USS Idaho (BB-42), on 3 May 1945 off Okinawa, was attacked by two Vals and three Kates at 1452. She shot them all down, but one exploded close off her port quarter. Another crashed close aboard her port quarter and exploded, flooding her blisters. Shrapnel was sent flying over the deck but the ship had taken only minor damage. She was scrapped in 1947.

USS Tennessee (BB-43) received two 800 kg bomb hits during the attack on Pearl Harbor. Both weapons caused minor damage to Tennessees gun turrets while scattering shrapnel across the ship, killing several men including the captain of the West Virginia. The ship was showered with burning debris, falling iron, and burning oil when USS Arizona exploded just to the aft of the ship. Tennessee suffered four killed and twenty-two wounded in the attack. On 12 April 1945, Tennessee was hit by a low-flying kamikaze on the starboard bow, crashing into the signal bridge. The burning wreck slid aft along the superstructure, crushing antiaircraft guns and their crews, stopping next to Turret Three. Its 250 lb bomb, with what was left of the plane, went through the wooden deck and exploded. twenty-two men were killed or fatally wounded, with another one hundred seven injured. However, damage was slight and Tennessee was back to duty two days later. She was scrapped in 1959 after years in mothball.

USS California (BB-44) was hit by two torpedoes and an 800 kg bomb, leaving her sunk in shallow water during the Pearl Harbor raid. She was raised and underwent major reconstruction to modernize the ship, rejoining the fleet in May 1944. While underway on 23 Aug, USS Tennessee collided with California after a steering malfunction. Seven men died in the accident on California. On 20 November 1944 a pair of Zero kamikazes approached the ship; Californias gunners shot one of them down, but the other struck her on the port side abreast of the mainmast. Gasoline from the plane’s fuel tanks started a fire and a 5-inch shell from another ship accidentally hit one of Californias 5-inch guns, exploded inside the turret, and started another fire. Both fires were out within twelve minutes, but forty-four men were killed and another one hundred fifty five were wounded. The ship was scrapped in 1959.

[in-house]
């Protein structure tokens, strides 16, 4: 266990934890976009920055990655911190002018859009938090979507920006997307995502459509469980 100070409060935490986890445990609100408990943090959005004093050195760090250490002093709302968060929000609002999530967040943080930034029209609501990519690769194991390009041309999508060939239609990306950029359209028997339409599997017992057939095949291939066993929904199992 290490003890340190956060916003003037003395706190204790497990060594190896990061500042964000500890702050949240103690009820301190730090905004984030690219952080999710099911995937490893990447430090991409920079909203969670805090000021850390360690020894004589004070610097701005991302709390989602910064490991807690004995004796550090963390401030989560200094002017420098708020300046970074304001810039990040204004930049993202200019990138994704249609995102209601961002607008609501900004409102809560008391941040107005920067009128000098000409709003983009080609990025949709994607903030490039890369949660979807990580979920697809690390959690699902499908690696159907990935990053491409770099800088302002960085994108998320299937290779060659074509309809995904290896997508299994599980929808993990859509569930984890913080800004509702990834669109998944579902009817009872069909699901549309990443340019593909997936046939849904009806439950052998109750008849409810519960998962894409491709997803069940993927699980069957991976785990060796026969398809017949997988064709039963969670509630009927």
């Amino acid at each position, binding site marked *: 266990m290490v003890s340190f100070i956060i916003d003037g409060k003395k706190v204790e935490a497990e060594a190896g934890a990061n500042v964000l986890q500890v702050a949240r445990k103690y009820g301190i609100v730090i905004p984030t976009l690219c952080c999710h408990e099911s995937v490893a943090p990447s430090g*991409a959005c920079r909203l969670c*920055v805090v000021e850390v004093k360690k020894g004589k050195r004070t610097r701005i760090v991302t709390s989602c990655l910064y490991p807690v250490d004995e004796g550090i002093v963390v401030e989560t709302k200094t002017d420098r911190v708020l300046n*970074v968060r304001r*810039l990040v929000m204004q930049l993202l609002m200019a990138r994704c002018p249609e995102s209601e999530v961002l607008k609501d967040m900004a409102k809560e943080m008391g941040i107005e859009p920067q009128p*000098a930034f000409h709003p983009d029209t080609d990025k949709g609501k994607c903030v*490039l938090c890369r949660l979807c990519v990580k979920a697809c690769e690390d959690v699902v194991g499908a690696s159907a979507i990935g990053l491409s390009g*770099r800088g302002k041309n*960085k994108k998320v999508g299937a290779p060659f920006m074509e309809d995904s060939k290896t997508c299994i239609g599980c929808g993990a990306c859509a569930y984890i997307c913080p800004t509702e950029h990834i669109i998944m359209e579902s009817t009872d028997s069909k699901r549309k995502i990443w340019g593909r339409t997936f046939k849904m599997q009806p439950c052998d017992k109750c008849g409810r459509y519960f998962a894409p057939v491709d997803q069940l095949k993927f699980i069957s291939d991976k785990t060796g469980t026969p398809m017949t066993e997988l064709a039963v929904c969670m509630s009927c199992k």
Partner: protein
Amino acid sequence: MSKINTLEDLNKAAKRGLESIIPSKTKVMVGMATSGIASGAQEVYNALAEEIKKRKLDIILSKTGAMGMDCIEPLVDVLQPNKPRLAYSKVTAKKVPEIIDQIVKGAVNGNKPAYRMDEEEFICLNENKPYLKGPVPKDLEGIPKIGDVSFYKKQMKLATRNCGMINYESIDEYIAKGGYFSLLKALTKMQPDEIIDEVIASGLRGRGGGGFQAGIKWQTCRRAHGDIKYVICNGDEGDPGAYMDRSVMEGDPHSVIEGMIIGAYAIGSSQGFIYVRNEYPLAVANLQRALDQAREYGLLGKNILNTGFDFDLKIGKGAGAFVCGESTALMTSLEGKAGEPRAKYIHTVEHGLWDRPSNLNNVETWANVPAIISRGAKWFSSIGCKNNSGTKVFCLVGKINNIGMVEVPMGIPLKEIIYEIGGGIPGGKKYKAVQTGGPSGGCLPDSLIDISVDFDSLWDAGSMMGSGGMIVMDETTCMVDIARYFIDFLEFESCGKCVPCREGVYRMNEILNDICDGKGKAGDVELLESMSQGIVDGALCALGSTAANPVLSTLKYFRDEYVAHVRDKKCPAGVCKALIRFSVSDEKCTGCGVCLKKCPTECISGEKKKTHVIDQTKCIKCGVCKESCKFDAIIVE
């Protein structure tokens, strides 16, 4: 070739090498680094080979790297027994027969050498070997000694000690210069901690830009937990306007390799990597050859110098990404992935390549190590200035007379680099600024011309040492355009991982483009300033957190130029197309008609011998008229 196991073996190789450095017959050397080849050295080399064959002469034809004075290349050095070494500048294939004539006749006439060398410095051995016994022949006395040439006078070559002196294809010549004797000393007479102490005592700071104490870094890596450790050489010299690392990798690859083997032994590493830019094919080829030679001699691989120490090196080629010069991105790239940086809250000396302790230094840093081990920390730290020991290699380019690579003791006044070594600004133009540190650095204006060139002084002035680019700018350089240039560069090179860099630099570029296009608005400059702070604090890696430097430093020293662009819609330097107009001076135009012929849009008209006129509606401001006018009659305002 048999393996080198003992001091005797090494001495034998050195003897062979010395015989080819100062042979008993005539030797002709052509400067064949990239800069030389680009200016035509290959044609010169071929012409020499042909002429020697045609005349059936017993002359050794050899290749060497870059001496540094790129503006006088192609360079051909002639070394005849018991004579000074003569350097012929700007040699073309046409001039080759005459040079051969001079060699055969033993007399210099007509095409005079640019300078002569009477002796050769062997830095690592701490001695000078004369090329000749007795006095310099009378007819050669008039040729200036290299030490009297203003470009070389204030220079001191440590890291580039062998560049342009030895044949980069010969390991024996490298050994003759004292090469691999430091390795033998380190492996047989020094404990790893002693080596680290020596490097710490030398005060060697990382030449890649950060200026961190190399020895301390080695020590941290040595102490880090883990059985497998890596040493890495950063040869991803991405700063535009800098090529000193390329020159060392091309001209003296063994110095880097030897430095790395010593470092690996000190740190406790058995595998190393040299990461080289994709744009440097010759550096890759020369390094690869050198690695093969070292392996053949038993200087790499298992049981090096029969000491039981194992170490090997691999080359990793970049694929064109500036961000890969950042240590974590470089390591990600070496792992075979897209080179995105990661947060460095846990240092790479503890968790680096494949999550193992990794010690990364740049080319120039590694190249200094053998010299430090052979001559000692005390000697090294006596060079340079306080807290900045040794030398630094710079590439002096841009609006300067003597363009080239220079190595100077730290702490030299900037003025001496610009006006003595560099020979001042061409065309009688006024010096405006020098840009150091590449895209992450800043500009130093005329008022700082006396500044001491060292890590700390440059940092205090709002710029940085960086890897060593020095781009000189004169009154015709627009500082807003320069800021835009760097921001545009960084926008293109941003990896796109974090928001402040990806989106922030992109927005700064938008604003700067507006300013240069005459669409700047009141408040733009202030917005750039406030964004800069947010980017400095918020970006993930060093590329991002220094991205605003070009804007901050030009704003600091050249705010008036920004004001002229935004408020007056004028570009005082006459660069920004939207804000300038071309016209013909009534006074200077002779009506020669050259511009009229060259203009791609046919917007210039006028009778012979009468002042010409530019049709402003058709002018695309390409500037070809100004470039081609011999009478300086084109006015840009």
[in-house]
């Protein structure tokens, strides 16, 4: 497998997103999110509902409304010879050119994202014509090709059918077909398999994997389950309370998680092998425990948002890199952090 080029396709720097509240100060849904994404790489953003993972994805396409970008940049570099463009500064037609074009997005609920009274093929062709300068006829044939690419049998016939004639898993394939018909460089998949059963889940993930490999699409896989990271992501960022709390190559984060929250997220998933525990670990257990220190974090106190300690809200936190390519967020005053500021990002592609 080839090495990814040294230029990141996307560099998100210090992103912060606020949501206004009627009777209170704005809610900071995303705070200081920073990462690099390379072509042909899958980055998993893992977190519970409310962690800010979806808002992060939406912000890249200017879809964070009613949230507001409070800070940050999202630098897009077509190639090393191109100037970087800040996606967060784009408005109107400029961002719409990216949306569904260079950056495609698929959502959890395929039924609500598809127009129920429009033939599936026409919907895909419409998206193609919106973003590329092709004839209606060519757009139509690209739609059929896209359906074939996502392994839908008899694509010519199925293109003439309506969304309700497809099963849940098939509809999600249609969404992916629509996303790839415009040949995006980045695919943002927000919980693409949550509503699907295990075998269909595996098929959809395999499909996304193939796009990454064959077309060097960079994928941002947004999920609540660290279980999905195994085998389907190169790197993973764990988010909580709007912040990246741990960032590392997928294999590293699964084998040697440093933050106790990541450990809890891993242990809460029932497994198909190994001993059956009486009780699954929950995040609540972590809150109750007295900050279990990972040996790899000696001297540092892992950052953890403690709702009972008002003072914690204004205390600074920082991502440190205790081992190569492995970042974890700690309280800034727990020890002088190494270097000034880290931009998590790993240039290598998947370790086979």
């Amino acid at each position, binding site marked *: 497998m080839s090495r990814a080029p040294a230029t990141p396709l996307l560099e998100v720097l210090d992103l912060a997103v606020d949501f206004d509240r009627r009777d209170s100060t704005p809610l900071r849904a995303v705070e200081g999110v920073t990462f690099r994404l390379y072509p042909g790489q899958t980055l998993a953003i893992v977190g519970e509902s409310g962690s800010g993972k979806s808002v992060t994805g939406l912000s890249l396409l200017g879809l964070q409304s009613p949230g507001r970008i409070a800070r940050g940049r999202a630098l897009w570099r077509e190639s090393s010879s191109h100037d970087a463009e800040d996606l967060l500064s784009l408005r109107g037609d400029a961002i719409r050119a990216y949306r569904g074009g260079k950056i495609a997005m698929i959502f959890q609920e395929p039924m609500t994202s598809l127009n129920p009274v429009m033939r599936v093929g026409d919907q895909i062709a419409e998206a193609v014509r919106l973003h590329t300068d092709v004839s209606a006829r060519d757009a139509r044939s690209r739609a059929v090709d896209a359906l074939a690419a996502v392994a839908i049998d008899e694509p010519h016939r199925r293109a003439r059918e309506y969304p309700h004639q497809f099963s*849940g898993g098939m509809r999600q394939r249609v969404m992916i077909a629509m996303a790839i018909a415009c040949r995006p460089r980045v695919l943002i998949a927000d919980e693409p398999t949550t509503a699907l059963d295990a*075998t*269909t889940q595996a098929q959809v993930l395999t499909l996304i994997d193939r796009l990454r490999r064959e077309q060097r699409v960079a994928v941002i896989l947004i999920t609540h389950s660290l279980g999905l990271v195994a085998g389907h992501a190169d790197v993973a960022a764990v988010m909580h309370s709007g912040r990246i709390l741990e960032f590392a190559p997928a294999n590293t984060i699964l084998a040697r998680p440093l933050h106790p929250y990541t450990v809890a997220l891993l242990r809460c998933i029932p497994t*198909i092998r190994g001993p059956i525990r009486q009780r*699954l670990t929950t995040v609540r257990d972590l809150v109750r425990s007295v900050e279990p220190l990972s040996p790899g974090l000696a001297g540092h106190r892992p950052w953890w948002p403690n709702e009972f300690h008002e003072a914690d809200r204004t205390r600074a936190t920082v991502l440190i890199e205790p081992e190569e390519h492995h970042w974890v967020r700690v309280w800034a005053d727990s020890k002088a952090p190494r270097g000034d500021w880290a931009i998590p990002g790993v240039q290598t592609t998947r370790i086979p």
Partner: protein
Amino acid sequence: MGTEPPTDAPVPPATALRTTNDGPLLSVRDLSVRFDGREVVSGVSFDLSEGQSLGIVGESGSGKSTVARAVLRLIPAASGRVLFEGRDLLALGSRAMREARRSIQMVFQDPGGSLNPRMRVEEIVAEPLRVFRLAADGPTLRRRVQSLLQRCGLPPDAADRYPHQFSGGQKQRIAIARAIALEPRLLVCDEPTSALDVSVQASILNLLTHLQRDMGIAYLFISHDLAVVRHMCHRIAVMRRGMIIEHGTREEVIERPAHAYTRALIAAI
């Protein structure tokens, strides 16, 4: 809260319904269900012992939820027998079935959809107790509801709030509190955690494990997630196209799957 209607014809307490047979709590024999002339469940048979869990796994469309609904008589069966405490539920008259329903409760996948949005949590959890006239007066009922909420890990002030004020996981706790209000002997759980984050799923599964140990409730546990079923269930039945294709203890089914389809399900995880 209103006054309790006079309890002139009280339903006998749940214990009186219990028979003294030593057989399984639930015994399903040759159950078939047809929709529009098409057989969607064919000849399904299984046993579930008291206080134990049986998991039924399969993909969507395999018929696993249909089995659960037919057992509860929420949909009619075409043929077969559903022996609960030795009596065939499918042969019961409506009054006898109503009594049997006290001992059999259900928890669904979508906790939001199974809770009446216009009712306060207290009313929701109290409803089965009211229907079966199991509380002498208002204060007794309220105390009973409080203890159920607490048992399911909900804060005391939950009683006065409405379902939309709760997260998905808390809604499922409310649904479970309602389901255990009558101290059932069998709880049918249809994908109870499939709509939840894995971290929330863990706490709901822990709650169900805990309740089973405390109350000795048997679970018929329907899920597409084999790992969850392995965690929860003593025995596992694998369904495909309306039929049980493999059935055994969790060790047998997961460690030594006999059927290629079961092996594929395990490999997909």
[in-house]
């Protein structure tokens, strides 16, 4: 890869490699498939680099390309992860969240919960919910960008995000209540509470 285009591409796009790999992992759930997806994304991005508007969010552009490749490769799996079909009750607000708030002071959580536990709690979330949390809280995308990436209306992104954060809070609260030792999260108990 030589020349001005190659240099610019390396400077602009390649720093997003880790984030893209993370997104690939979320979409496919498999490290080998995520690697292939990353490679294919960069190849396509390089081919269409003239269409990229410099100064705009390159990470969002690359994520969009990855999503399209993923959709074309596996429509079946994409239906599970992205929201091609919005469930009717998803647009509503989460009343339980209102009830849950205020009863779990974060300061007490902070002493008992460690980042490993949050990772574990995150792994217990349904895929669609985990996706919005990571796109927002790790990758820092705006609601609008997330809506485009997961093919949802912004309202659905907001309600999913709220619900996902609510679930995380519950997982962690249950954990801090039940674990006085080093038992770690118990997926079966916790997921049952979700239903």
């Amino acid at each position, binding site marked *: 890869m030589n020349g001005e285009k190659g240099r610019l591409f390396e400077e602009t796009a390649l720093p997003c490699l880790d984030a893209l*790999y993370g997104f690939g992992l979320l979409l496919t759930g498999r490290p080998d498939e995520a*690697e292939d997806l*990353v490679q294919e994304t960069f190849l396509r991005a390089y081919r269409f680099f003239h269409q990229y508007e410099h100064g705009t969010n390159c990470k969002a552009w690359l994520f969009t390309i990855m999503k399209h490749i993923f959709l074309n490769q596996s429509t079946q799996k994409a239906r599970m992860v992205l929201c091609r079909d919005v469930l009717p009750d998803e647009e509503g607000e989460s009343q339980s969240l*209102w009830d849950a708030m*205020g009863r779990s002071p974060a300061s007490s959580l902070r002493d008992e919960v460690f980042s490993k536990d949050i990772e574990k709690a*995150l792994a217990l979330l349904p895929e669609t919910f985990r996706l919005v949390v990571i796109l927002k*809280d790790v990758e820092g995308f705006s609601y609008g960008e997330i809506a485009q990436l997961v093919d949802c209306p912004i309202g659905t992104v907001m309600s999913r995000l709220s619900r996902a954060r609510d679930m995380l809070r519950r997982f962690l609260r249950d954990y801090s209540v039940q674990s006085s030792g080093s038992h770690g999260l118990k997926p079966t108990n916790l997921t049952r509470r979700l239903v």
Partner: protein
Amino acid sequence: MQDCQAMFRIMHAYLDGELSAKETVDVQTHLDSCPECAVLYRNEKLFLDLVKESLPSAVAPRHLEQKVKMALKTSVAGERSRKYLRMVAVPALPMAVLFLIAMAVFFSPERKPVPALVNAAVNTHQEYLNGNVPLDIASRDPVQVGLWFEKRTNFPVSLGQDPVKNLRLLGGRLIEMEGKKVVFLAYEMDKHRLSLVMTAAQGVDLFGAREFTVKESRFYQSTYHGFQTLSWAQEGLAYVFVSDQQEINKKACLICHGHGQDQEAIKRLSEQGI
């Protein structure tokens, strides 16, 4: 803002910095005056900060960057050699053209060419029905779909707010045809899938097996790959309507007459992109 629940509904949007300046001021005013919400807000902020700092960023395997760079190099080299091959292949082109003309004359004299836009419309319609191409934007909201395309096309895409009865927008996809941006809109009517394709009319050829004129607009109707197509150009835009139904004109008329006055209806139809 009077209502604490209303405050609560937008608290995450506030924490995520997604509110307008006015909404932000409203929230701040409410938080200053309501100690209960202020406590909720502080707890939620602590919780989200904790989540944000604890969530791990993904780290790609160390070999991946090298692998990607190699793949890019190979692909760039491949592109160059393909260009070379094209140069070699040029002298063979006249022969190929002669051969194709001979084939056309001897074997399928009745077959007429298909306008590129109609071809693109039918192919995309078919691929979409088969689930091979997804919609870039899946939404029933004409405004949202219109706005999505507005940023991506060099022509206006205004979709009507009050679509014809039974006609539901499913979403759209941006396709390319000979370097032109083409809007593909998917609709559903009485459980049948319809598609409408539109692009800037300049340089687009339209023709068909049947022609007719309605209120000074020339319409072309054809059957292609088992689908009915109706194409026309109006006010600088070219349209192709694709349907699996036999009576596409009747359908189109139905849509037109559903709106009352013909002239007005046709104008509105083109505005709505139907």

USS Colorado (BB-45) was damaged by counter battery fire during the bombardment of Tinian on 24 July. Forty-three men were killed, and one hundred ninety eight wounded by twenty two shell hits from Japanese shore batteries; however, she continued shelling the island and providing fire support for the invasion troops. On 27 November 1944 she was hit by two kamikazes. The first crashed into a port side five-inch gun turret and inflicted numerous casualties among personnel in two 40mm mounts. Nineteen were killed and seventy-two wounded. A friendly fire incident on 9 January 1945 accidentally hit her superstructure with gunfire, killing eighteen and wounding fifty-one. Colorado was scrapped in 1959.

USS Maryland (BB-46) suffered light bomb damage and four men killed at Pearl Harbor. She was repaired, refitted at Puget Sound, and rejoined the fleet in 1942. She was torpedoed by a lone G4M during the Battle of Saipan, which killed two men and necessitated repairs at Pearl Harbor. She was damaged on 27 November 1944 by a kamikaze near Leyte Gulf which hit between her Number 1 and Number 2 turrets, killing thirty-one of her men and wounding another thirty. On 7 April 1945, Maryland was struck by a kamikaze again, which landed onto a 20 mm gun mount located on top of turret number 3. She suffered thirty dead and thirty-six wounded. Maryland was repaired and placed in reserve after the war until she was scrapped in 1959.